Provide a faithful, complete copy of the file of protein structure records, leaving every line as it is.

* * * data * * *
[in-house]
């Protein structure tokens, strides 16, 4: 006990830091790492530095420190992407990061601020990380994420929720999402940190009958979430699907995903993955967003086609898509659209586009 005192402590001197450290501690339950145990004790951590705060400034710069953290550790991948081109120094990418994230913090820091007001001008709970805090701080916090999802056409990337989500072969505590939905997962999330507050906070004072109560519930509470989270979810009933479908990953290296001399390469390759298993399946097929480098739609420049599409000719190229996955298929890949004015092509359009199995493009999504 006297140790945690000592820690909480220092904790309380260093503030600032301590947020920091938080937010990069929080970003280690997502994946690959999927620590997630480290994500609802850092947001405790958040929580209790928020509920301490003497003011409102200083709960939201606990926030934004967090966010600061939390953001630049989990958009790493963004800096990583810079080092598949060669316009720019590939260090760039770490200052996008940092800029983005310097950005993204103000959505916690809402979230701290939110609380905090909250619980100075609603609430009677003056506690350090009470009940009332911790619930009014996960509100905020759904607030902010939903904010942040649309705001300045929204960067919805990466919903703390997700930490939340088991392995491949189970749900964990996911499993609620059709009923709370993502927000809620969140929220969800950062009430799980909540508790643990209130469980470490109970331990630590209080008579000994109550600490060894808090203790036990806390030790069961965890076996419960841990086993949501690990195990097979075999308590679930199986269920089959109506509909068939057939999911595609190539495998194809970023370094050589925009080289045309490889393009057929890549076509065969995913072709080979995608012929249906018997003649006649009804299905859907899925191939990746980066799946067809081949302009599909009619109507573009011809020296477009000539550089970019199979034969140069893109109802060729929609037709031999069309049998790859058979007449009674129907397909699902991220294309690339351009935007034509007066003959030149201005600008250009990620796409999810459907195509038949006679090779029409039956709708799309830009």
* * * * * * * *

[in-house]
């Protein structure tokens, strides 16, 4: 006990830091790492530095420190992407990061601020990380994420929720999402940190009958979430699907995903993955967003086609898509659209586009 005192402590001197450290501690339950145990004790951590705060400034710069953290550790991948081109120094990418994230913090820091007001001008709970805090701080916090999802056409990337989500072969505590939905997962999330507050906070004072109560519930509470989270979810009933479908990953290296001399390469390759298993399946097929480098739609420049599409000719190229996955298929890949004015092509359009199995493009999504 006297140790945690000592820690909480220092904790309380260093503030600032301590947020920091938080937010990069929080970003280690997502994946690959999927620590997630480290994500609802850092947001405790958040929580209790928020509920301490003497003011409102200083709960939201606990926030934004967090966010600061939390953001630049989990958009790493963004800096990583810079080092598949060669316009720019590939260090760039770490200052996008940092800029983005310097950005993204103000959505916690809402979230701290939110609380905090909250619980100075609603609430009677003056506690350090009470009940009332911790619930009014996960509100905020759904607030902010939903904010942040649309705001300045929204960067919805990466919903703390997700930490939340088991392995491949189970749900964990996911499993609620059709009923709370993502927000809620969140929220969800950062009430799980909540508790643990209130469980470490109970331990630590209080008579000994109550600490060894808090203790036990806390030790069961965890076996419960841990086993949501690990195990097979075999308590679930199986269920089959109506509909068939057939999911595609190539495998194809970023370094050589925009080289045309490889393009057929890549076509065969995913072709080979995608012929249906018997003649006649009804299905859907899925191939990746980066799946067809081949302009599909009619109507573009011809020296477009000539550089970019199979034969140069893109109802060729929609037709031999069309049998790859058979007449009674129907397909699902991220294309690339351009935007034509007066003959030149201005600008250009990620796409999810459907195509038949006679090779029409039956709708799309830009």